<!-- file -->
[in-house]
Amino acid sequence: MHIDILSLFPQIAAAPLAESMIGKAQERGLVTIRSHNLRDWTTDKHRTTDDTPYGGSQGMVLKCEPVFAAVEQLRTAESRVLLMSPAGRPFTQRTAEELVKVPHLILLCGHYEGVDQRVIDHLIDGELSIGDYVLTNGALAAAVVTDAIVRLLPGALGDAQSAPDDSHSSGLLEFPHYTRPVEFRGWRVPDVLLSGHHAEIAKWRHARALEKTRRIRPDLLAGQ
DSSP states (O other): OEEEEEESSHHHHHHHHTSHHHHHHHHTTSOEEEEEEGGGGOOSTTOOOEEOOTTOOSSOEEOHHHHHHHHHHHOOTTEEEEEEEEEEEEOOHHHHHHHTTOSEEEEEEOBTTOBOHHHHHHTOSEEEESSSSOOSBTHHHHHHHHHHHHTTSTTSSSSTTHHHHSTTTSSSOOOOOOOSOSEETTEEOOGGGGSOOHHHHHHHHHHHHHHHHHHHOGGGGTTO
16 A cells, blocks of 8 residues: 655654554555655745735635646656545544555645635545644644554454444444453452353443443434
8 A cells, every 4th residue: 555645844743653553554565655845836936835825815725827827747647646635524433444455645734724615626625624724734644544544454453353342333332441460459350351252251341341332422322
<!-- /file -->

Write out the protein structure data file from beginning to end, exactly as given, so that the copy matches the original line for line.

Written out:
[in-house]
Amino acid sequence: MHIDILSLFPQIAAAPLAESMIGKAQERGLVTIRSHNLRDWTTDKHRTTDDTPYGGSQGMVLKCEPVFAAVEQLRTAESRVLLMSPAGRPFTQRTAEELVKVPHLILLCGHYEGVDQRVIDHLIDGELSIGDYVLTNGALAAAVVTDAIVRLLPGALGDAQSAPDDSHSSGLLEFPHYTRPVEFRGWRVPDVLLSGHHAEIAKWRHARALEKTRRIRPDLLAGQ
DSSP states (O other): OEEEEEESSHHHHHHHHTSHHHHHHHHTTSOEEEEEEGGGGOOSTTOOOEEOOTTOOSSOEEOHHHHHHHHHHHOOTTEEEEEEEEEEEEOOHHHHHHHTTOSEEEEEEOBTTOBOHHHHHHTOSEEEESSSSOOSBTHHHHHHHHHHHHTTSTTSSSSTTHHHHSTTTSSSOOOOOOOSOSEETTEEOOGGGGSOOHHHHHHHHHHHHHHHHHHHOGGGGTTO
16 A cells, blocks of 8 residues: 655654554555655745735635646656545544555645635545644644554454444444453452353443443434
8 A cells, every 4th residue: 555645844743653553554565655845836936835825815725827827747647646635524433444455645734724615626625624724734644544544454453353342333332441460459350351252251341341332422322